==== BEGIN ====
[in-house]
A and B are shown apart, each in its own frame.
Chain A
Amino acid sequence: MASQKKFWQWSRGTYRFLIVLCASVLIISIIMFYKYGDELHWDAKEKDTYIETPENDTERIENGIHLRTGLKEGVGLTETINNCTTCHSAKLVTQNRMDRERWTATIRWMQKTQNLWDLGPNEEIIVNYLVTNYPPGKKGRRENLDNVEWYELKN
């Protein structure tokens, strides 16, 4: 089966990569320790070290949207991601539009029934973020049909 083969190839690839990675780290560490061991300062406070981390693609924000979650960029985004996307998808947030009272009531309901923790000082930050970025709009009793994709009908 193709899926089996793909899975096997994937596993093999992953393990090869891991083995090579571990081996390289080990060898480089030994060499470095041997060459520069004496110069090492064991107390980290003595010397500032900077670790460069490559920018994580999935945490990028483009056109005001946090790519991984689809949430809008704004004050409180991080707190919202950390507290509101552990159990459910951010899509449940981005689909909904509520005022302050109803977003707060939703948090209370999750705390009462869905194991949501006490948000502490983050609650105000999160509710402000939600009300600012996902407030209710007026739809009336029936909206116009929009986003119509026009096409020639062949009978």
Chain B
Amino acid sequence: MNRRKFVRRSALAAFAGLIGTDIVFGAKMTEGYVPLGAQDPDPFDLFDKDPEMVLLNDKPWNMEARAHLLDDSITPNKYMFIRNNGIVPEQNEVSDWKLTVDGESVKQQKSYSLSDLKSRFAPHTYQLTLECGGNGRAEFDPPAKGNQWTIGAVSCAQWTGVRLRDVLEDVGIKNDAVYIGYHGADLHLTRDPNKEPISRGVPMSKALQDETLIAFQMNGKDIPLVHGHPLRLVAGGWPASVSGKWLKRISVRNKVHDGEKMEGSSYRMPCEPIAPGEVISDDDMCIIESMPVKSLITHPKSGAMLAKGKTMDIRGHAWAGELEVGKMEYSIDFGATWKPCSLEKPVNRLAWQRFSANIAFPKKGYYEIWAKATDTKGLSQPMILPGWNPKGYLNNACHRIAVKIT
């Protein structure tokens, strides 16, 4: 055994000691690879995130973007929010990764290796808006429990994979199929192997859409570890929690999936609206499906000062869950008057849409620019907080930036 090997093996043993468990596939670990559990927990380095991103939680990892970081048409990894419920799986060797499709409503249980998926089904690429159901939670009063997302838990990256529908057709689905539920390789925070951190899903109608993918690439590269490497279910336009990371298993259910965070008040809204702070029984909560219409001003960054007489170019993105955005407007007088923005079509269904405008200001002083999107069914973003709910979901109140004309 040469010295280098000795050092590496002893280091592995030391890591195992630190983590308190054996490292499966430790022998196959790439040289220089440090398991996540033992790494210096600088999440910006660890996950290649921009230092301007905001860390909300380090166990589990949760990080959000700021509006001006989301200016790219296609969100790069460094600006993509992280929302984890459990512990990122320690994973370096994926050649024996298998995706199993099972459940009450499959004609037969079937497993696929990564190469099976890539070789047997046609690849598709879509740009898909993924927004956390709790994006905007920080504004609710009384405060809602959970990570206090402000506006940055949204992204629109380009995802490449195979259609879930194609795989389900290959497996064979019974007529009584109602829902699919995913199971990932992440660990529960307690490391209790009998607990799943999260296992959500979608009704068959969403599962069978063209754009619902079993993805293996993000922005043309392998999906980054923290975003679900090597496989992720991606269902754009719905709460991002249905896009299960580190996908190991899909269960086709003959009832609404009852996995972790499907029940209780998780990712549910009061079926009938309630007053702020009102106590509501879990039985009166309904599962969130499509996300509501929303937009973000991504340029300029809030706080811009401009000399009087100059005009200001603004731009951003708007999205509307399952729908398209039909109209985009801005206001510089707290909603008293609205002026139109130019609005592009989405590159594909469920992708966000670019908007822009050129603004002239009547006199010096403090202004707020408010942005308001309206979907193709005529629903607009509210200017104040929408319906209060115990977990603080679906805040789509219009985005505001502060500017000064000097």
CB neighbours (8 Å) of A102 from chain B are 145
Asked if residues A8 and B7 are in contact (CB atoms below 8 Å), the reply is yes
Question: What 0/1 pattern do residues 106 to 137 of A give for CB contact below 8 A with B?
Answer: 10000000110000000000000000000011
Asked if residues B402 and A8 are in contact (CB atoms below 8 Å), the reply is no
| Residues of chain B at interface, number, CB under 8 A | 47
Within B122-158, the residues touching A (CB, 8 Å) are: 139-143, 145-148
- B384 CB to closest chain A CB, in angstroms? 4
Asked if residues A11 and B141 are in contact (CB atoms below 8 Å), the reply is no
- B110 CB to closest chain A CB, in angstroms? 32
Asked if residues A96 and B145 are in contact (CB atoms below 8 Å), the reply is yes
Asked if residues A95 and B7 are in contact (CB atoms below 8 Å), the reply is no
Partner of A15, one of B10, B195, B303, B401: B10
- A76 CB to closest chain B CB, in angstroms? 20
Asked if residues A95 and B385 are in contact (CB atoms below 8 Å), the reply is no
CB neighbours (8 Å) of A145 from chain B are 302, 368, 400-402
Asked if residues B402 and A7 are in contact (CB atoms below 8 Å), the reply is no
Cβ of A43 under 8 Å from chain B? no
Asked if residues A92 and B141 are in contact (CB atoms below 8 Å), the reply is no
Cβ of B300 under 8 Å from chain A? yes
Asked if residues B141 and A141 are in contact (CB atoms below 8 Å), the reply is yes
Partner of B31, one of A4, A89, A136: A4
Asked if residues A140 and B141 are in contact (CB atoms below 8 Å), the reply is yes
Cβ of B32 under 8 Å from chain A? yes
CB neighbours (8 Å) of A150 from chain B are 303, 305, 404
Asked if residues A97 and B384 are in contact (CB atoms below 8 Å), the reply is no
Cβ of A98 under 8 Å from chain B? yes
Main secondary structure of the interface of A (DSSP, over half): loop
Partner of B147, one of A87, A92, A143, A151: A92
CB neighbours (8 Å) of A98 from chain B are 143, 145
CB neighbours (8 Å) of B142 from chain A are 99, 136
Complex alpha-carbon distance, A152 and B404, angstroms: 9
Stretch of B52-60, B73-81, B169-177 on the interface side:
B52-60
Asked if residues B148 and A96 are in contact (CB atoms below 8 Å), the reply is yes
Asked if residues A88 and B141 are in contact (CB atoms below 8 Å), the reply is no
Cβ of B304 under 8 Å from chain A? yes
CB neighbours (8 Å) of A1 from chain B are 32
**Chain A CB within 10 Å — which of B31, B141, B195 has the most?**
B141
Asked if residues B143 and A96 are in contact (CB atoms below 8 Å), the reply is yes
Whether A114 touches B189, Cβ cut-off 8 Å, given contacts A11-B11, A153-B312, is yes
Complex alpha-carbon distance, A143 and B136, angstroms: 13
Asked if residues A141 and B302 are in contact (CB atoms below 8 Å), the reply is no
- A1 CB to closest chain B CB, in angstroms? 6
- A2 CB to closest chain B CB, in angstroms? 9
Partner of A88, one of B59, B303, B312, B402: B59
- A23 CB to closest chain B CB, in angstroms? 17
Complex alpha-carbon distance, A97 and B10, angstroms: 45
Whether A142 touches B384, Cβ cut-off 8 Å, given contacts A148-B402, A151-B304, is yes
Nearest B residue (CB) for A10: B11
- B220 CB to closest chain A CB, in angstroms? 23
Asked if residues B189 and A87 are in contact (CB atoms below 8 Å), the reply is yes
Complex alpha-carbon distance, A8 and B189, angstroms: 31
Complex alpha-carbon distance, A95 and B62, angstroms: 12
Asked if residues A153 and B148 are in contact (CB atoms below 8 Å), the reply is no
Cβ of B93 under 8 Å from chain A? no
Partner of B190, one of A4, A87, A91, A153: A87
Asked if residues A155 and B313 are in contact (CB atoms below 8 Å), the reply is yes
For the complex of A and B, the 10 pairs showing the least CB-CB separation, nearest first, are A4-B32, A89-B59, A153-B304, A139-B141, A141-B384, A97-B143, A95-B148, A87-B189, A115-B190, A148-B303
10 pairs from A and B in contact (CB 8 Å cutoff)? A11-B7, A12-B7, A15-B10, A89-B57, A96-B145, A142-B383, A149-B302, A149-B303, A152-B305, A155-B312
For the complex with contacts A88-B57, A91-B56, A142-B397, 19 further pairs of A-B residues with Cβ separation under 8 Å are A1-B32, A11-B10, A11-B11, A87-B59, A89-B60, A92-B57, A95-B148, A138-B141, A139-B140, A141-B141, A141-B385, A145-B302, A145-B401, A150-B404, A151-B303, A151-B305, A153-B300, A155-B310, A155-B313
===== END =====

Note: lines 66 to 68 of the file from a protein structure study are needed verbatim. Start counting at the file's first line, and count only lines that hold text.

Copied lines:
Partner of B190, one of A4, A87, A91, A153: A87
Asked if residues A155 and B313 are in contact (CB atoms below 8 Å), the reply is yes
For the complex of A and B, the 10 pairs showing the least CB-CB separation, nearest first, are A4-B32, A89-B59, A153-B304, A139-B141, A141-B384, A97-B143, A95-B148, A87-B189, A115-B190, A148-B303